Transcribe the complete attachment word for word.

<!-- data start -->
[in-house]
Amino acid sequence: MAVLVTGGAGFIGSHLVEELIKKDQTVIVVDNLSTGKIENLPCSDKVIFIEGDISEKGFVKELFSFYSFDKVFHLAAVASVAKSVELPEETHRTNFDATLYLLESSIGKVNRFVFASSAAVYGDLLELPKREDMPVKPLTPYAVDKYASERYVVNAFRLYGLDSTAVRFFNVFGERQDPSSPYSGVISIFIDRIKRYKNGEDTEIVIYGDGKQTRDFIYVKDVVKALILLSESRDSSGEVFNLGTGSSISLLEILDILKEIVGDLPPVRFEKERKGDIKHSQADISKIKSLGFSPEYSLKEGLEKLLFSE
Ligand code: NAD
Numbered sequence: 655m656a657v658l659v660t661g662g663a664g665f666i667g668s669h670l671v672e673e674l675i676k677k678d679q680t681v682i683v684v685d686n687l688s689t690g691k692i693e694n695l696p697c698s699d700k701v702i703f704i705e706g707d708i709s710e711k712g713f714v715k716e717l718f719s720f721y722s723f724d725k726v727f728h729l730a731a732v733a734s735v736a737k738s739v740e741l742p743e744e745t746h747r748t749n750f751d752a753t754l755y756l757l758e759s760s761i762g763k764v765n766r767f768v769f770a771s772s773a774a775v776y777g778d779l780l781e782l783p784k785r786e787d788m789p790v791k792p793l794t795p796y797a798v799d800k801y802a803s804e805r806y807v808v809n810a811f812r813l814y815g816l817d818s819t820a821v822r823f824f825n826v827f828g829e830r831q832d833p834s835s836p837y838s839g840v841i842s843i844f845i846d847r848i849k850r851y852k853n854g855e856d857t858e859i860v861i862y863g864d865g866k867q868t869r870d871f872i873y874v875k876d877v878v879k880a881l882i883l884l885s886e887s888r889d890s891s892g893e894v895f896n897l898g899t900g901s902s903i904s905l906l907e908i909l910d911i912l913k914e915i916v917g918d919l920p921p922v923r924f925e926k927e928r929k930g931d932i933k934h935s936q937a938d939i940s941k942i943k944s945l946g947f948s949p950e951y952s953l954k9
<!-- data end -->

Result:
[in-house]
Amino acid sequence: MAVLVTGGAGFIGSHLVEELIKKDQTVIVVDNLSTGKIENLPCSDKVIFIEGDISEKGFVKELFSFYSFDKVFHLAAVASVAKSVELPEETHRTNFDATLYLLESSIGKVNRFVFASSAAVYGDLLELPKREDMPVKPLTPYAVDKYASERYVVNAFRLYGLDSTAVRFFNVFGERQDPSSPYSGVISIFIDRIKRYKNGEDTEIVIYGDGKQTRDFIYVKDVVKALILLSESRDSSGEVFNLGTGSSISLLEILDILKEIVGDLPPVRFEKERKGDIKHSQADISKIKSLGFSPEYSLKEGLEKLLFSE
Ligand code: NAD
Numbered sequence: 655m656a657v658l659v660t661g662g663a664g665f666i667g668s669h670l671v672e673e674l675i676k677k678d679q680t681v682i683v684v685d686n687l688s689t690g691k692i693e694n695l696p697c698s699d700k701v702i703f704i705e706g707d708i709s710e711k712g713f714v715k716e717l718f719s720f721y722s723f724d725k726v727f728h729l730a731a732v733a734s735v736a737k738s739v740e741l742p743e744e745t746h747r748t749n750f751d752a753t754l755y756l757l758e759s760s761i762g763k764v765n766r767f768v769f770a771s772s773a774a775v776y777g778d779l780l781e782l783p784k785r786e787d788m789p790v791k792p793l794t795p796y797a798v799d800k801y802a803s804e805r806y807v808v809n810a811f812r813l814y815g816l817d818s819t820a821v822r823f824f825n826v827f828g829e830r831q832d833p834s835s836p837y838s839g840v841i842s843i844f845i846d847r848i849k850r851y852k853n854g855e856d857t858e859i860v861i862y863g864d865g866k867q868t869r870d871f872i873y874v875k876d877v878v879k880a881l882i883l884l885s886e887s888r889d890s891s892g893e894v895f896n897l898g899t900g901s902s903i904s905l906l907e908i909l910d911i912l913k914e915i916v917g918d919l920p921p922v923r924f925e926k927e928r929k930g931d932i933k934h935s936q937a938d939i940s941k942i943k944s945l946g947f948s949p950e951y952s953l954k9